Some MRI scans give the doctor more information when they are done with a special liquid called a contrast medium. This clear, colourless fluid is put into a vein in the hand or arm with a small needle. The liquid is designed to reveal details that would not otherwise be seen and is quite safe. If the radiologist feels that the scan would be better with this liquid, it will be given part of the way through the exam.

As a parent, before you enter the room, you will be questioned or you may have to fill out a screening form. Staff need to make sure that it is safe for you to be near the strong magnet in the MRI scanner. You will have to empty your pockets completely of everything, including coins, keys, pens, wallets, and bank cards. You will also have to take off your watch. Depending on the hospital, you may or may not be allowed in the room during the procedure. A computerized tomography CT scan uses an X-ray and a computer to take cross-sectional pictures of your premature baby.

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These pictures allow doctors to see the structures inside the body at different levels. A CT scan can be done on any body part. A routine scan may take anywhere from five to 30 minutes, depending on the part of the body being scanned and how still the baby can remain during the scan.

Movement during the scan creates blurry pictures that cannot give the information needed. For details see the IMRT page. In time the lung tissue may become severely scarred. While some patients recover, others develop respiratory failure or heart failure. In an intraoperative cryotherapy procedure, tissue inside the body is treated by inserting a cryoprobe or a series of small needles through the skin and delivering liquid nitrogen or argon gas to the site of the diseased tissue.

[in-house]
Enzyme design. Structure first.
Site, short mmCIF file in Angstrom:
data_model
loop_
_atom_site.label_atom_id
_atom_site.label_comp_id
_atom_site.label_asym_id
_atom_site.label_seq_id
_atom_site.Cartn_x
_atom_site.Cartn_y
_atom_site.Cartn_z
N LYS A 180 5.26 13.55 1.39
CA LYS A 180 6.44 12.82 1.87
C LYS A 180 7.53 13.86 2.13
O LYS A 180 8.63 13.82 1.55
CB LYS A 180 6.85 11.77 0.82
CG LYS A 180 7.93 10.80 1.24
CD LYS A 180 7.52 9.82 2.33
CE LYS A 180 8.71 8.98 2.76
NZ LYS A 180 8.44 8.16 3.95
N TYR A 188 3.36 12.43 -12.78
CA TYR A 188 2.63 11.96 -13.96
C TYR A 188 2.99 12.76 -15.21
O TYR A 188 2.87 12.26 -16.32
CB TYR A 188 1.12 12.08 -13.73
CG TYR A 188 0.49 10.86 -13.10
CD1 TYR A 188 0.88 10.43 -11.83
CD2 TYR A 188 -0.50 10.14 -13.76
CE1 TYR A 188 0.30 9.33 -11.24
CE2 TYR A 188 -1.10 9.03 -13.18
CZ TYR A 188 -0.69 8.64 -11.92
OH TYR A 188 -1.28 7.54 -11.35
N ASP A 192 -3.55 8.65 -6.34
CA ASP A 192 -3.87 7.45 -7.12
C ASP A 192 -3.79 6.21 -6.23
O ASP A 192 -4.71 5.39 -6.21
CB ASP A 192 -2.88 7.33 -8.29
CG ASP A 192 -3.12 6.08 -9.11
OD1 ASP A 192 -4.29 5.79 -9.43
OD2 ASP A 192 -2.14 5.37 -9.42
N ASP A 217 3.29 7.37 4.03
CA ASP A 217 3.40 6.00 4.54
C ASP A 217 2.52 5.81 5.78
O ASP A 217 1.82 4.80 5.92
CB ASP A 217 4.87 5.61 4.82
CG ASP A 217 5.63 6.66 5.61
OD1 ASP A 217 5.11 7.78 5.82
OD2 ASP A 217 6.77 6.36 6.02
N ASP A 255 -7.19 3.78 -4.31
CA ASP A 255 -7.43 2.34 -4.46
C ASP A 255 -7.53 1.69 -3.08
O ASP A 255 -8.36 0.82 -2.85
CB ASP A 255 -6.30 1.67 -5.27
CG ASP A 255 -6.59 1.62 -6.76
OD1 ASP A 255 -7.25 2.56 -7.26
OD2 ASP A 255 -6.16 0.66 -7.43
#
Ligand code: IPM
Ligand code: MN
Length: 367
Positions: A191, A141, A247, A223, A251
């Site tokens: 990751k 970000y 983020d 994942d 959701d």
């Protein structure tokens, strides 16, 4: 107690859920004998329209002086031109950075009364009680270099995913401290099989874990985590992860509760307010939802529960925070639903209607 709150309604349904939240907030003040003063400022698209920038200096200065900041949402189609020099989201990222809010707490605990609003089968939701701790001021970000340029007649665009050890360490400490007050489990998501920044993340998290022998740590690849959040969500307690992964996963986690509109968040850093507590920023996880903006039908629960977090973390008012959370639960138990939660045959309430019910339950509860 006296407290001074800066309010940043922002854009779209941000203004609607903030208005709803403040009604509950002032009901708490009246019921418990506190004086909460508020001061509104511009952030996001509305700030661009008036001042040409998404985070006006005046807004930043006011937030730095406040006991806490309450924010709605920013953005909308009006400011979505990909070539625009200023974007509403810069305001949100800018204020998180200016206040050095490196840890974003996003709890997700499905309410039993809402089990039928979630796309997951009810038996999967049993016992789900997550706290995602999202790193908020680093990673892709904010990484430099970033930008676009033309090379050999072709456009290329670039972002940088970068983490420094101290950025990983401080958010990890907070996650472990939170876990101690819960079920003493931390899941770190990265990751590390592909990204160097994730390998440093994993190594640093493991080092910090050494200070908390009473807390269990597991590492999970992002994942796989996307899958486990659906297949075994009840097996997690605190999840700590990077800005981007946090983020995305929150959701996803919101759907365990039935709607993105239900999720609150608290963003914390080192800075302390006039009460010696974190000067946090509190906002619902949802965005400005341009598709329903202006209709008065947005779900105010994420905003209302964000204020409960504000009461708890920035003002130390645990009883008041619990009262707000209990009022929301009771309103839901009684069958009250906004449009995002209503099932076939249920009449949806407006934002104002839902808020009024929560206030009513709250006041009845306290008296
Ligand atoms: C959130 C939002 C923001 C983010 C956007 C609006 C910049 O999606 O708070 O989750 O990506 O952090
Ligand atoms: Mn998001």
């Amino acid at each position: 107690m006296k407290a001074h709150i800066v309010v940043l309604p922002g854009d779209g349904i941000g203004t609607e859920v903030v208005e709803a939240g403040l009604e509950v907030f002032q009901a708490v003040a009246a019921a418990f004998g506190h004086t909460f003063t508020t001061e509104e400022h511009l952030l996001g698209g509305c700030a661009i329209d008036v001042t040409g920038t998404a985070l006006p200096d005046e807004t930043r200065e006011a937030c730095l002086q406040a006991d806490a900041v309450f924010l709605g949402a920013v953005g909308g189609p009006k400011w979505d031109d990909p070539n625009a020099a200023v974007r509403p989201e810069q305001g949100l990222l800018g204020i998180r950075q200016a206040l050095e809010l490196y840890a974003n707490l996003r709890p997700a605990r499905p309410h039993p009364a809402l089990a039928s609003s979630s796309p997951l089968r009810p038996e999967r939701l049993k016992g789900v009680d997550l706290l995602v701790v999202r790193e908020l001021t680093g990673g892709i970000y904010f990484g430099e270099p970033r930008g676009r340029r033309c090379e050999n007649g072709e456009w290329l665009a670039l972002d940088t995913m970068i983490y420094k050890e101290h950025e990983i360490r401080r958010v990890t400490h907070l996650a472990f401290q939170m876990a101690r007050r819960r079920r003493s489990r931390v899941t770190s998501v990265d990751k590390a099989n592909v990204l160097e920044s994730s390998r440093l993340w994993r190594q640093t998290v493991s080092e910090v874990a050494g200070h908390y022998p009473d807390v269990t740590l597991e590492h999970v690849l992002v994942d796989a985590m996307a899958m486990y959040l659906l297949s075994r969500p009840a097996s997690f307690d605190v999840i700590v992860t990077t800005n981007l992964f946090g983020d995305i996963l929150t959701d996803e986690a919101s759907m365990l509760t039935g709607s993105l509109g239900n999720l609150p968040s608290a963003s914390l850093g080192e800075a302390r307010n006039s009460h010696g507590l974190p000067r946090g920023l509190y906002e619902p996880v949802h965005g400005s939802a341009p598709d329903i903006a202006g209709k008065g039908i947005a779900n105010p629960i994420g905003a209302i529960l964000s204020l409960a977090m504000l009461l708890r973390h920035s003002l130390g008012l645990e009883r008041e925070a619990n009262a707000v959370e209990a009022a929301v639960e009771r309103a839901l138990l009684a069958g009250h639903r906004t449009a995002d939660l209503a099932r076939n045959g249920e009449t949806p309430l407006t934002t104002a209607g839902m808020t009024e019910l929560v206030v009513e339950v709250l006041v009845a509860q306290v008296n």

For details see the Intravenous Pyelogram page.


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For information about diagnosis and treatment see the Therapeutic Enema for intussusception page. The human body requires small amounts of iodine for healthy growth and development. This element is present in many radiographic contrast materials. Exposure to the action of electromagnetic radiation e.

In former usage, the mass numbers follow the chemical symbol C Examination of the lining of the abdominal wall with a laparoscope. A mild cathartic; a remedy that moves the bowels slightly without pain or violent action.

In the uterus, commonly called a fibroid. A lesion may be benign noncancerous or malignant cancerous. Lifeport Manufacturer's name. See the Linear Accelerator page for more information. It secretes the bile and is also of great importance in both carbohydrate and protein metabolism. While the local area affected by the anesthetic becomes numb, the patient remains awake and responsive. A medication used to produce a temporary loss of sensation in a specific area of the body during a surgical or other medical procedure; It may be administered as an injection under the skin, applied as a topical cream or a patch to the surface of the skin.